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Surgery Gives Man a Second Beating Heart

Posted Feb 23 2011 11:52am

A man receives a transplant, but also keeps his own existing heart.  This is not performed very often but in this case it saved the man having to go under a second image surgical procedure. 

The 2 hearts are attached to each other and work together.  The patient could have had a ventricular assist device as a secondary option.  Removing the existing heart with a straight transplant too was not an option as he had what is called pulmonary hypertension.  The operation performed is safe and the current survival rate is around 10 years.  BD 

This Valentine's Day, Tyson Smith woke up with a brand new outlook and two beating hearts — his old failing heart and a newly transplanted heart. "I can tell that I am getting stronger every day," said Smith.

The team from the UC San Diego Center for Transplantation performed a rare, life-saving cardiac surgery called heterotopic heart transplantation, where Smith's own heart remained in place while a second donor heart was implanted. He now has two beating hearts.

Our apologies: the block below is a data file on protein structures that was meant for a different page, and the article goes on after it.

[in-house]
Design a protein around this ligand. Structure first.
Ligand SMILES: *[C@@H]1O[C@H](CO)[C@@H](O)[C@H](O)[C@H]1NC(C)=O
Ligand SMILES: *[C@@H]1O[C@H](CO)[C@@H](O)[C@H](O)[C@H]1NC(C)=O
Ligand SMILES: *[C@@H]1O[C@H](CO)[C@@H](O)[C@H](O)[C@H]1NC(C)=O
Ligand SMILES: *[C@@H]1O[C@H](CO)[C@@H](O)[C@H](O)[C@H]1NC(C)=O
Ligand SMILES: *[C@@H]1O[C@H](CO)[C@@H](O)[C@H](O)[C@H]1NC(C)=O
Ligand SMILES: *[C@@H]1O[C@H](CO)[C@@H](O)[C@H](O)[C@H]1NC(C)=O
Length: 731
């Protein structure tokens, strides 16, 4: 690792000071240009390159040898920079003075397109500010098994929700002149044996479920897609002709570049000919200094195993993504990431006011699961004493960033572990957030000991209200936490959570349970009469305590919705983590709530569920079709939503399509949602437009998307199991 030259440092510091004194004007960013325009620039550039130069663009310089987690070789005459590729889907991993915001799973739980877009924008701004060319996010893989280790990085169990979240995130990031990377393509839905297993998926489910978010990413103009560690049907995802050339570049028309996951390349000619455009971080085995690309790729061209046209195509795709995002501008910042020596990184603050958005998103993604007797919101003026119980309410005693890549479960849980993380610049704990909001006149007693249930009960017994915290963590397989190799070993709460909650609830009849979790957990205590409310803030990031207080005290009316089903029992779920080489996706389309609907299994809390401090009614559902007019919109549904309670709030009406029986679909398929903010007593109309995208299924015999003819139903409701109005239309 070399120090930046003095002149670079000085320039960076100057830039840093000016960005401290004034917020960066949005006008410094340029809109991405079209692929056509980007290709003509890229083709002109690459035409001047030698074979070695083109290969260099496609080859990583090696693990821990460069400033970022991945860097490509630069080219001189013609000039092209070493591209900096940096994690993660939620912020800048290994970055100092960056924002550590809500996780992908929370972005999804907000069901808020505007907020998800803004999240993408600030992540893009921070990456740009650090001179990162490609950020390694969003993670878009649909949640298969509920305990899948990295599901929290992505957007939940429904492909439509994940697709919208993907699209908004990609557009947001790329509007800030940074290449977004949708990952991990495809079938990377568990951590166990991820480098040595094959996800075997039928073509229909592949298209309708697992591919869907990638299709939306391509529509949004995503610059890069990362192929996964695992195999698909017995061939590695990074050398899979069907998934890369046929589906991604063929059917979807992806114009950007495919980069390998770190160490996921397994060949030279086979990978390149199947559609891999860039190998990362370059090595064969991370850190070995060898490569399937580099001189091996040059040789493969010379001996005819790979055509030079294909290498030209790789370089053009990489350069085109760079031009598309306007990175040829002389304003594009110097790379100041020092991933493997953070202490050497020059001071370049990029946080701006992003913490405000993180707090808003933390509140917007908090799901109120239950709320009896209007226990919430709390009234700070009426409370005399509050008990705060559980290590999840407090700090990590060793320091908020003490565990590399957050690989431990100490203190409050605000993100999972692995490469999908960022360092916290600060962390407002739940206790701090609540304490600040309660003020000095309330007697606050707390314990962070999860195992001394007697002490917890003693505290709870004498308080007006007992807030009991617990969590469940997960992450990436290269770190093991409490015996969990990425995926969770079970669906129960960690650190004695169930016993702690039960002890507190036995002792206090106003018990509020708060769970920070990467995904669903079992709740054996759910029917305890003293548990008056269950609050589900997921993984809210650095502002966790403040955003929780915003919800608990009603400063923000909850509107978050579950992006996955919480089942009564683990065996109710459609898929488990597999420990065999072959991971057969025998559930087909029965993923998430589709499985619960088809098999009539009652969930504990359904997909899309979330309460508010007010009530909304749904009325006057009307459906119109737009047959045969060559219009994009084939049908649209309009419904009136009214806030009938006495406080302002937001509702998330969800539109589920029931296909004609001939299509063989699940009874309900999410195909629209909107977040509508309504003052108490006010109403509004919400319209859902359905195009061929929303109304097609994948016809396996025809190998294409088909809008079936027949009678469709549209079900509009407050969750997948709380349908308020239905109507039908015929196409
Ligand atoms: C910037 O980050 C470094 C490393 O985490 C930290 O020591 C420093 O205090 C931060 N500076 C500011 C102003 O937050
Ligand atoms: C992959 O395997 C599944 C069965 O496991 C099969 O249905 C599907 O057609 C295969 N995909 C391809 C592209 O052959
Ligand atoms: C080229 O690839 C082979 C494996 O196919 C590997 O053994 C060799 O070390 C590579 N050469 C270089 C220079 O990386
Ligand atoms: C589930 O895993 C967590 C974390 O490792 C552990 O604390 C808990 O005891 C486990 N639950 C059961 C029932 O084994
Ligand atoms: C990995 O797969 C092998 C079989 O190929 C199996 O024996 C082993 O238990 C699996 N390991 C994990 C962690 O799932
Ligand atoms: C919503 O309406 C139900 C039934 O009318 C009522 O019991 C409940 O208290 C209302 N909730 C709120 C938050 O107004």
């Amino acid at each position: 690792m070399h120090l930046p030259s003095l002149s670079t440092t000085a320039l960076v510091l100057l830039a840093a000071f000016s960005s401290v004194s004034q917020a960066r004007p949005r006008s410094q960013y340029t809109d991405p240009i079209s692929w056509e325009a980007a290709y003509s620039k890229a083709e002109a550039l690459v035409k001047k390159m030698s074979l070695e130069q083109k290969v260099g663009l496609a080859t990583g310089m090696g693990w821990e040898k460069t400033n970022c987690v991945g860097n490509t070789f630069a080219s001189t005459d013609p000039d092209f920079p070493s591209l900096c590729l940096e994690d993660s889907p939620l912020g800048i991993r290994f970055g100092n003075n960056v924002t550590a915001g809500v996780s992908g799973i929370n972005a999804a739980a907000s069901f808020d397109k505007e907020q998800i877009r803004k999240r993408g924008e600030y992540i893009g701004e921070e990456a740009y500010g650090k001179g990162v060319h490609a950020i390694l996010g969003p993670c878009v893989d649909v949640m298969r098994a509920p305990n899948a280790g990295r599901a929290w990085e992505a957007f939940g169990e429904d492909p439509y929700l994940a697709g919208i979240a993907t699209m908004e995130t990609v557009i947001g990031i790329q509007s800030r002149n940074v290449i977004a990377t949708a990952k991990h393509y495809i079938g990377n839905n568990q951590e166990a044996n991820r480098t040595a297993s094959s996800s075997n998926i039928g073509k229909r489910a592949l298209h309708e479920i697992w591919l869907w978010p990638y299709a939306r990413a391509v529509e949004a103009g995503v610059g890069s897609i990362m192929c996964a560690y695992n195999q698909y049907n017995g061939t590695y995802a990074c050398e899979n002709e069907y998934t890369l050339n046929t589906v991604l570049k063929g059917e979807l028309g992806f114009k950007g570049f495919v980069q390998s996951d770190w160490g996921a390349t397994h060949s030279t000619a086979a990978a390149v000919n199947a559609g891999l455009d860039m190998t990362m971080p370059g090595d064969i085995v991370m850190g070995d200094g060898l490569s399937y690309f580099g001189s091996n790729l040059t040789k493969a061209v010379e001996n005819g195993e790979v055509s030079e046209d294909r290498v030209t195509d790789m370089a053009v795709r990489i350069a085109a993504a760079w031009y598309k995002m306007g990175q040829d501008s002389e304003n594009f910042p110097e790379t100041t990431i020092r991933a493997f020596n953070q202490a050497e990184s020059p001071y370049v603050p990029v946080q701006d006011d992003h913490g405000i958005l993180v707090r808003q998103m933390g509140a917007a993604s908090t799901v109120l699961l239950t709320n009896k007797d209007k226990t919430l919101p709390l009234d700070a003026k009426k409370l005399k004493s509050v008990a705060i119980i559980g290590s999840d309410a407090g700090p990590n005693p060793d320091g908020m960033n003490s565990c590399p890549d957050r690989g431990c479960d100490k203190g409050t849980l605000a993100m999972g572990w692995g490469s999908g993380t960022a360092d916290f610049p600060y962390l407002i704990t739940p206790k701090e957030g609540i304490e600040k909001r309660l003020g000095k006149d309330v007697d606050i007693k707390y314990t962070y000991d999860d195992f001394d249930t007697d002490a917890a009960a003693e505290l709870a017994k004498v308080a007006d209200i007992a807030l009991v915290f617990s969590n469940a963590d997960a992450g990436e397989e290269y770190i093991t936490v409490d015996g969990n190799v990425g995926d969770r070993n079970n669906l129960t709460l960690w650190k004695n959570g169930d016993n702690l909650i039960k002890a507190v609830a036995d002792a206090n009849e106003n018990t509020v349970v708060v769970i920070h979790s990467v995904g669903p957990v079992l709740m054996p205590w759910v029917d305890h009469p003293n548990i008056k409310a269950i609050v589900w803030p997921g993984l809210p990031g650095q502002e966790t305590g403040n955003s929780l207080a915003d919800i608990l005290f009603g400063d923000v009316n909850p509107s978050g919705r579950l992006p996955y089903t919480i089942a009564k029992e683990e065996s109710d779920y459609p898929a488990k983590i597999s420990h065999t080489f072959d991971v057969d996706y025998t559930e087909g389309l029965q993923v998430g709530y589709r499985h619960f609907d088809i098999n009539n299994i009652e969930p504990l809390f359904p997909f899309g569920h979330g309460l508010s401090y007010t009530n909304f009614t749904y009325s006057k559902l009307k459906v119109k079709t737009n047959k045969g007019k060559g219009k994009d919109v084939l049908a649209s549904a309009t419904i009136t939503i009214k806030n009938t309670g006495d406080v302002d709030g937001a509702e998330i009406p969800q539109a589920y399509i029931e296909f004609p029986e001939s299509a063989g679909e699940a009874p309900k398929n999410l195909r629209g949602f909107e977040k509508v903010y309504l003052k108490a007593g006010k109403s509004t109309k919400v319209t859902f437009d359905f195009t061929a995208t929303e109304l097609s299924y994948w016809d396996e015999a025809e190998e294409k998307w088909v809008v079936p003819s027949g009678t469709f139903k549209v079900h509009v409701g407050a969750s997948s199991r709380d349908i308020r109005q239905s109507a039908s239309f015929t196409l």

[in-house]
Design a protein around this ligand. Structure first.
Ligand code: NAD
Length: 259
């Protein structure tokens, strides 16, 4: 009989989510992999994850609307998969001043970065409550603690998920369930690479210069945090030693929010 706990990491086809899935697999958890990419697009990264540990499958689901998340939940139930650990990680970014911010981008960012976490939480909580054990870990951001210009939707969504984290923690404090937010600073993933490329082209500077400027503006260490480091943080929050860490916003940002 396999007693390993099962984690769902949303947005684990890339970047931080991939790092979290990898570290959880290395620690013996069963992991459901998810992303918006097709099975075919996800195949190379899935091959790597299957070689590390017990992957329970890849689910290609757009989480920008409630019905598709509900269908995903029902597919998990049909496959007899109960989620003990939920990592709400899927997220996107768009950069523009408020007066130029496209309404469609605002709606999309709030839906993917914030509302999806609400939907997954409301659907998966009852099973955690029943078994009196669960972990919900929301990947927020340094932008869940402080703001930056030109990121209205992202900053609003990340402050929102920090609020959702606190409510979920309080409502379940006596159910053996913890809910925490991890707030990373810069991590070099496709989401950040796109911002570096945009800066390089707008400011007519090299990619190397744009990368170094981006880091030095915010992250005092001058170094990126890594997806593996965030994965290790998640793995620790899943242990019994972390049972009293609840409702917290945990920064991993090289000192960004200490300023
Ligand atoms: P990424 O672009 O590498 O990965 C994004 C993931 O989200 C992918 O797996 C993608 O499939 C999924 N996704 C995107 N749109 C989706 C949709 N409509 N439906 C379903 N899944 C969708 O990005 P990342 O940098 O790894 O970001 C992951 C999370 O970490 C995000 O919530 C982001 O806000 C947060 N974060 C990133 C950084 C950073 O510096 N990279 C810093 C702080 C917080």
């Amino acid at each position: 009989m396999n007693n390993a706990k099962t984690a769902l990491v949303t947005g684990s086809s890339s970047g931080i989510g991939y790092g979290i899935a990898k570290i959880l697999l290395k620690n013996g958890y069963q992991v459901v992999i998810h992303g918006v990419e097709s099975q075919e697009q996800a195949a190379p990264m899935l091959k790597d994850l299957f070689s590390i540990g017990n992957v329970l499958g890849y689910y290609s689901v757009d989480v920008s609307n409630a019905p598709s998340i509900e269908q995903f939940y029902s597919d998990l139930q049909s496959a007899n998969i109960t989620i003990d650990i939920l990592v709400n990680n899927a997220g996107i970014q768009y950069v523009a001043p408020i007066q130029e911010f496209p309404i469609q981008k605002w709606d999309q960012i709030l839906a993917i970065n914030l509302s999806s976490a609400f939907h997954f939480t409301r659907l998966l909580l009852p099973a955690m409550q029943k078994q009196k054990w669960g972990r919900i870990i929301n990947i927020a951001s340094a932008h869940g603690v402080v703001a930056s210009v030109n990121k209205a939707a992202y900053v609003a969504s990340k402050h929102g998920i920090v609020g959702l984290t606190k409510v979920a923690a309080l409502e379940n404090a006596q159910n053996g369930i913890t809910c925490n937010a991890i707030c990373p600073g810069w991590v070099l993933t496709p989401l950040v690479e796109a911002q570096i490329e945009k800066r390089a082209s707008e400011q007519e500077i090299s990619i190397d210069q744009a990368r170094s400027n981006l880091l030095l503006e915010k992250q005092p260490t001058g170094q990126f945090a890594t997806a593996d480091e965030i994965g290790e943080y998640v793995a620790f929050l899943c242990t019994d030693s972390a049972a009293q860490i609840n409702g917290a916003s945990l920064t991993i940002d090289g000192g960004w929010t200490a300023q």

This Valentine's Day, Tyson Smith woke up with a brand new outlook and two beating hearts — his old failing heart and a newly transplanted heart. "I can tell that I am getting stronger every day," said Smith.

"Even though Mr. Smith was facing death, he could not have a standard heart transplant. Removing the old heart and replacing it with a new heart would have caused the new heart to fail, because resistance to flow in his lungs — called pulmonary hypertension — was so high," explained Dr. Michael Madani, associate professor of surgery and co-director of UC San Diego Sulpizio Cardiovascular Center. "But together, the two hearts share the work and get the job done."

"Mr. Smith had two options: a mechanical left ventricular assist device (LVAD), which would replace the function of his left heart and allow him to then go on to a standard heart transplant in a few months; or the so called "piggy back" transplant, which replaces the patient's left heart and allows the patient's right heart to continue the right-sided pumping through the lungs," said Copeland. "This way, Mr. Smith needed only one operation rather than two, which saves the patient time, inconvenience and pain, and reduces medical costs."

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